It’s been a while. I’ve been living in a hotel since the last post (yes, since the end of April). During that time, I discovered that hotel life renders me apathetic and extremely unmotivated. What little energy I could muster was spent trying to find a new home and trying to be productive at work. As is surely obvious, I was not at all motivated to maintain this blog. This lack of motivation was bolstered by shoddy hotel bandwidth, which rendered any web-based activities quite painful.

That said, it’s now over. We’re now in a new home with a decent broadband connection. While I’ve studiously ignored this blog for months, I have thought about it quite a lot. Do I still enjoy it? Do I want to keep it going? My conclusion: I do want to keep it alive, but I’m going to shift the focus a bit. I’m no longer going to focus my writing on Mac-related tech. The volume of Mac-related content on the web has exploded since I started this project. There’s a glut of Apple-focused review-commentary-ramblings out there. So this blog is going to turn into something a little different. There will still be Apple-related posts, surely. But I’m going to shift to a wider range of topics. It’ll be an experiment, as it’s always been. Expect to see a lot of tech-related posts. But also expect to see other topics that stray into other areas of that interest me. While a general rule of thumb is to keep one’s blog focused on a narrow niche to build readership, I’m choosing to ignore that. We’ll see what happens.

In other news, I’ve just migrated from a self-hosted WordPress site to Squarespace. Why? I’ll save the full details on what I like (and don’t like) about this new service for a later post. The main reason for the switch, though, is that it will allow me to focus more on content. When I started this blog, web development was something I only did through this venue and through some for-hire work. Now, my current job fully scratches this itch. I’m knee-deep in it most of the day. So my Squarespace migration is a move towards letting others worry about the details. This is not to say that the free WordPress.org solution isn’t a great choice. It is. But it takes more time and vigilance than I care to invest at this point.

The site will remain named ‘View from the Dock.’ When I started this blog, I chose this name because of the obvious reference to the Apple Dock. But I also liked the name because it could mean a view from a dock. As in a dock in the water, overlooking a lake. That’s more of where I’m at now.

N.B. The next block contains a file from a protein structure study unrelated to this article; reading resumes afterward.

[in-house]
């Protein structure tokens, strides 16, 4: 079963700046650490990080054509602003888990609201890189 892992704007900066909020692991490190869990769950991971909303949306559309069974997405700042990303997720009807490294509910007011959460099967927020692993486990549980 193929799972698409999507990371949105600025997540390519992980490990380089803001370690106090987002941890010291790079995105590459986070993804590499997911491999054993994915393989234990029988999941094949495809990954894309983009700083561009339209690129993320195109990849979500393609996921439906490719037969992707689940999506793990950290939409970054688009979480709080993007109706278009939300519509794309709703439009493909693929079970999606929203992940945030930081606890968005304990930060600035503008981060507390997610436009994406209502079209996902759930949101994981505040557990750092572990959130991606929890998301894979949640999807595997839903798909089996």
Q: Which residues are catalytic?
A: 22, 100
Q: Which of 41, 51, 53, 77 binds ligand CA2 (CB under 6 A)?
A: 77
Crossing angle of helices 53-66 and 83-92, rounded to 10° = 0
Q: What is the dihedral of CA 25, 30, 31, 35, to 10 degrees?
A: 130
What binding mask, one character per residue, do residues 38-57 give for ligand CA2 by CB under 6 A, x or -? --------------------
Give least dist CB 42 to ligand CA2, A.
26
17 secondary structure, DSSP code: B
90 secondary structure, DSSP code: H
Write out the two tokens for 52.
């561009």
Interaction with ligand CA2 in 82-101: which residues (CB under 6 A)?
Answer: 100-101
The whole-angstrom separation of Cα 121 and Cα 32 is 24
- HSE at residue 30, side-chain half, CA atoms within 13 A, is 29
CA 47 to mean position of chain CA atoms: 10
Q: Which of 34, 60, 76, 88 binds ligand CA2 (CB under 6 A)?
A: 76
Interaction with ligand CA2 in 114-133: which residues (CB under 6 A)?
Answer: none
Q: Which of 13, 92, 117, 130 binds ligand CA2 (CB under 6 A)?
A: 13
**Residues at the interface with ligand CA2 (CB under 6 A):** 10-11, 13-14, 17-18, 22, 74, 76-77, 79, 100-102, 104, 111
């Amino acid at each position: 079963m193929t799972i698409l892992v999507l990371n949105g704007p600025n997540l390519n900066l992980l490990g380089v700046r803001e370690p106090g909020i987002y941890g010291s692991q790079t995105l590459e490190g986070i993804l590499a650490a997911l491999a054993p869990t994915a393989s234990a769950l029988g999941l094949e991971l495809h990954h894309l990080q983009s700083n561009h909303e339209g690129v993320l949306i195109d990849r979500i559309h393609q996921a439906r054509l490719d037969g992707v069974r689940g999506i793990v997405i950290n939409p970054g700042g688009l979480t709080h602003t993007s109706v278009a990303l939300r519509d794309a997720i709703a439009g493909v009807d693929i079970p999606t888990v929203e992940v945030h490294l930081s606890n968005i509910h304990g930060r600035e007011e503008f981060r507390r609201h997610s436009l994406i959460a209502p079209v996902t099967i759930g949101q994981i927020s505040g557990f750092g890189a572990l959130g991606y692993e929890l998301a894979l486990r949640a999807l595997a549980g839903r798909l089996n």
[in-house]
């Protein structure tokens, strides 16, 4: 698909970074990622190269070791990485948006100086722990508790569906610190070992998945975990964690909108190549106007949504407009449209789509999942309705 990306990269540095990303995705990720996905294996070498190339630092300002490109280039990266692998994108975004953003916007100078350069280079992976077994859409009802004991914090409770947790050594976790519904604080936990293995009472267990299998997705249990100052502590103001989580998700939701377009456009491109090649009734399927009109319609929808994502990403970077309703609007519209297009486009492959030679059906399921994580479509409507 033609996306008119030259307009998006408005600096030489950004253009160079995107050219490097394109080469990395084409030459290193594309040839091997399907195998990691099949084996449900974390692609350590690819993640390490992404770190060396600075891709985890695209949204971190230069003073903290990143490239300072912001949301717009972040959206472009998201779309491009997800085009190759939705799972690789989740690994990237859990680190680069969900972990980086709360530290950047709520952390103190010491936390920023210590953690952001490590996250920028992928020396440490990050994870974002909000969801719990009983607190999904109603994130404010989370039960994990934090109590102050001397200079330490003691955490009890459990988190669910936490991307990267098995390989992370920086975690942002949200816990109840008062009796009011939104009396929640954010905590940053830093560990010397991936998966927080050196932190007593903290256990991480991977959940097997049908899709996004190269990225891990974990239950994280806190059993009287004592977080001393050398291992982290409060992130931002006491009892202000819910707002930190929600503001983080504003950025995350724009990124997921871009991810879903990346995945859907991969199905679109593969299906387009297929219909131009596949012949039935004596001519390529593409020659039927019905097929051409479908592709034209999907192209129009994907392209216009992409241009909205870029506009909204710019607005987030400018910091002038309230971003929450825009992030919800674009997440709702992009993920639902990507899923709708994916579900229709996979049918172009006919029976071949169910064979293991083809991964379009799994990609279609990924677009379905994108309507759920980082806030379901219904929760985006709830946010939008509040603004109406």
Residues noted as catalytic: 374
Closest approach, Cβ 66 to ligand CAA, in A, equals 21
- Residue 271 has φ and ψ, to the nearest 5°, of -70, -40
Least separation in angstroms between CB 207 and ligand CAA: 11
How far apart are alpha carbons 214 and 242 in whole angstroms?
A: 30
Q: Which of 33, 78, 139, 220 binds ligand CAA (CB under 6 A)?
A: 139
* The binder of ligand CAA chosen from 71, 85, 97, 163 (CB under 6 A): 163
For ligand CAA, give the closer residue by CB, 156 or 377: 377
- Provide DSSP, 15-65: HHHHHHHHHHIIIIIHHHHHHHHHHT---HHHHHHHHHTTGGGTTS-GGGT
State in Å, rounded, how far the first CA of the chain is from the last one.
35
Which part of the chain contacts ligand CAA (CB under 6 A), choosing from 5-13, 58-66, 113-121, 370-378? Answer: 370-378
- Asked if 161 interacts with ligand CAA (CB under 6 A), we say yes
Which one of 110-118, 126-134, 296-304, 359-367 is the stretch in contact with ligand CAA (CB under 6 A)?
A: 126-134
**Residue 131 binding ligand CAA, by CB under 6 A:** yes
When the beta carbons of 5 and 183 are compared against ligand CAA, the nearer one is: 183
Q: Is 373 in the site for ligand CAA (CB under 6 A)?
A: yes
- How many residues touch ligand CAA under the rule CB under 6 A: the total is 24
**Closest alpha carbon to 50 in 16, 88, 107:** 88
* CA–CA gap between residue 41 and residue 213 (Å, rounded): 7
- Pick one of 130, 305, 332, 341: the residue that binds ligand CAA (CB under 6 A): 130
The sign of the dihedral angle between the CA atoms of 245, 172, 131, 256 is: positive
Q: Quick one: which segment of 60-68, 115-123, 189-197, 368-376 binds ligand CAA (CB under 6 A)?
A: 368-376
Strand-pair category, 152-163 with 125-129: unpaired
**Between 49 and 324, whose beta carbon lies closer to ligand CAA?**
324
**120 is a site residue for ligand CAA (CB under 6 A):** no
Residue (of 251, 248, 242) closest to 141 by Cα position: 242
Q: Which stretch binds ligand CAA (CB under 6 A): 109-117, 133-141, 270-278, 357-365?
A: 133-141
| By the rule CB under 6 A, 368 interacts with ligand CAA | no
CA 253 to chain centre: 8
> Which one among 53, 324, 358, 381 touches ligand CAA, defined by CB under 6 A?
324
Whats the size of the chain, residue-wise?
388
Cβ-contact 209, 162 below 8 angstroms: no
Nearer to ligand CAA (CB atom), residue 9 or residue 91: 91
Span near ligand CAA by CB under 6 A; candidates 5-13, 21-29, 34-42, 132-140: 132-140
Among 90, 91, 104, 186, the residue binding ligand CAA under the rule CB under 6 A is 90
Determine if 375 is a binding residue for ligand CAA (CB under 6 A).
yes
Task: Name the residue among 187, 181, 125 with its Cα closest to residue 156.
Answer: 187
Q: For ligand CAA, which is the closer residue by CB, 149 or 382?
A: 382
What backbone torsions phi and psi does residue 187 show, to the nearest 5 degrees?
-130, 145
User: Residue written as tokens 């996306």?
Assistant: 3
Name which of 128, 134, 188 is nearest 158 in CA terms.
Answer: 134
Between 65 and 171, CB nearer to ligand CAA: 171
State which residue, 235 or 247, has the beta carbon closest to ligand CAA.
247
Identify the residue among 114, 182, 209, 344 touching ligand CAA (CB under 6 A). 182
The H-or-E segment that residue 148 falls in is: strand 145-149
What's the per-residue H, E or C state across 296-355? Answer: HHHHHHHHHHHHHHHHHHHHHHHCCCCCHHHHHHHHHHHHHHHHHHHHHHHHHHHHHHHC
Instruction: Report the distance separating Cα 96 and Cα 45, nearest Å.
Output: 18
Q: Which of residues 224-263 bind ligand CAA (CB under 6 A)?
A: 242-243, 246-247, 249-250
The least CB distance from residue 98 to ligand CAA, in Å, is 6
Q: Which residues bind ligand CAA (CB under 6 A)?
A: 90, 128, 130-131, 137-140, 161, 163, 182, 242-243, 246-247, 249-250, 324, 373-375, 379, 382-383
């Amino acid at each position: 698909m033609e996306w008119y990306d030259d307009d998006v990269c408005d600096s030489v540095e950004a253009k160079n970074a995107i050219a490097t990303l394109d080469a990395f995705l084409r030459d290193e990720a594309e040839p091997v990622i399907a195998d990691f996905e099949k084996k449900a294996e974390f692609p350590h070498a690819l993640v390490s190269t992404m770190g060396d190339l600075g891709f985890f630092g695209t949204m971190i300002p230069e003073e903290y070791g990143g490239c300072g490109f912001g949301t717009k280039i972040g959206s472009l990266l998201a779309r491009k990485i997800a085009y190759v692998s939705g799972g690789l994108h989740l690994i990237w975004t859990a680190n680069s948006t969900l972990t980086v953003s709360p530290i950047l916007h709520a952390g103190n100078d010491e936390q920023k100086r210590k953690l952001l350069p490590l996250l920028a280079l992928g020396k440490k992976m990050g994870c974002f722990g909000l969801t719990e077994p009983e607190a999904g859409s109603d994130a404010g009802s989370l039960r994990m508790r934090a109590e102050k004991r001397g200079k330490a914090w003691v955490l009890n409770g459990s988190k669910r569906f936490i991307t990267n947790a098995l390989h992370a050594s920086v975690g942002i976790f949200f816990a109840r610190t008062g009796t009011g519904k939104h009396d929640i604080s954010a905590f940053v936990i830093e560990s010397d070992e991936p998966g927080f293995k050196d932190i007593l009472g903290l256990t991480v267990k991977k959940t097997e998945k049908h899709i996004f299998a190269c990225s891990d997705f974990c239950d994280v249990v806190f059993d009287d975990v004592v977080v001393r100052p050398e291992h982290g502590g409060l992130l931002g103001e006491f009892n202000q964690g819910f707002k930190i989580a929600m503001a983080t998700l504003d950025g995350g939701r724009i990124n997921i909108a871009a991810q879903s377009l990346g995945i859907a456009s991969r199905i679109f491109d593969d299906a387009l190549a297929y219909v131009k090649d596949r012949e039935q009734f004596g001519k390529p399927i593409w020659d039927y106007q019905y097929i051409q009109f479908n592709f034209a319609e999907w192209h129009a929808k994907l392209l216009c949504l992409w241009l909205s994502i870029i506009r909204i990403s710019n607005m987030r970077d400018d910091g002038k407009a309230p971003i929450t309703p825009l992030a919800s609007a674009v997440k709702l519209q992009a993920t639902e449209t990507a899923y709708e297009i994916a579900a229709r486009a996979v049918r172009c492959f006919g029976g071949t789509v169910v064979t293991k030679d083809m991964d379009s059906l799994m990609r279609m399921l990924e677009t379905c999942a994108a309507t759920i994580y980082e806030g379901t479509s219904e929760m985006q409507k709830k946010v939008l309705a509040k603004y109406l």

Site hack recap

So, the site is back to normal. The question is how did this happen? My passwords consist of 12 randomly-generated digits/symbols, I’m using the latest versions of WordPress and various plug ins. It could be that I was just one of the lucky first few to have their WP 2.7 installs compromised. It could also be that the attack came from a hole in one of my plugins.

It appears that only my wp-config.php and index.php files were overwritten. My MySQL database and theme files were unaffected. It wasn’t that hard to recover from this, but it was a bit scary. The majority of my time was spent checking through all of my files to ensure I captured the extent of the damage.

Whatever vulnerability I had, this incident is a good opportunity to take stock of ways to minimize the chance of this happening.

1. Spend some time learning about hardening your WordPress installation. One thing I learned after this incident is that anyone can peek into my plugins folder.

2. Backup. Backup. Backup. Not just your WP files, but also your MySQL database.

3. Keep up to date with the latest plugins and WordPress version.

4. Make sure your file and directory permissions are correct.

5. Choose good, long passwords. Use a manager like 1Password so you don’t have to remember what they are.

6. If you have multiple WordPress installs (or Drupal, Joomla, etc.), ensure those sites are up-to-date as well. For instance, I had two Drupal installs and two other WordPress installs in the same public directory on my host. My Drupal installations were not up to date. This could be a vulnerability.

I’m not going to rehash all of the WordPress security tips and tricks here. It’s exhaustively documented. Start with the WordPress Codex. Learn a bit about the .htaccess file. Learn a bit about file permissions. I’ve linked to some of the more interesting documentation I came across. Hope it helps.

Site will be back to normal soon

Even though this site was running the latest version of WordPress (2.7) and the latest plug in versions, it was taken over sometime overnight and replaced with a site espousing an end to Palestinian violence. Thankfully, I had a good backup.

I’m still in the process of restoring everything, changing and strengthening passwords, etc.

Everything is back to normal, except for my sidebar tabs. They are refusing to be tab-like. I’ll have them working again shortly…and I’ll post about the experience soon.

Catching Up, Lessons Learned

Well, I’m happy to say the move is over. Before I recap some of my technology-oriented ‘lessons learned’ during this period of transition, I’d like to respond to some of the comments received over the past couple of months while I was not monitoring this site:

1. Reader Lek asked how to convert (or move) a site from Rapidweaver to WordPress. The only way I am aware of to do this is to manually transfer posts and comments. There are no automated ways to do it that I know of. If anyone knows of any tricks or tips in this department, please let us know.

I did, however, come across interesting threads related to MarsEdit and RapidWeaver that are worth checking out. Both threads relate to using RW for static content and another system (e.g. WordPress) for a blog on one site.

2. A couple of readers commented on the current bugginess of RapidWeaver, and reader PanicGirl noted the lack of ability to directly edit code in a RW blog. About the bugs: it does has some flaws, but I maintain it’s about the easiest way to get a site up and running for people who don’t want or need absolute control, but want quite a bit of flexiblity. And, no, you can’t edit HTML directly in RW. It It may not be the best tool for those who want total control. For those who do want such control, RW templates are fully editable, but it takes a fair investment of time to learn how to do it.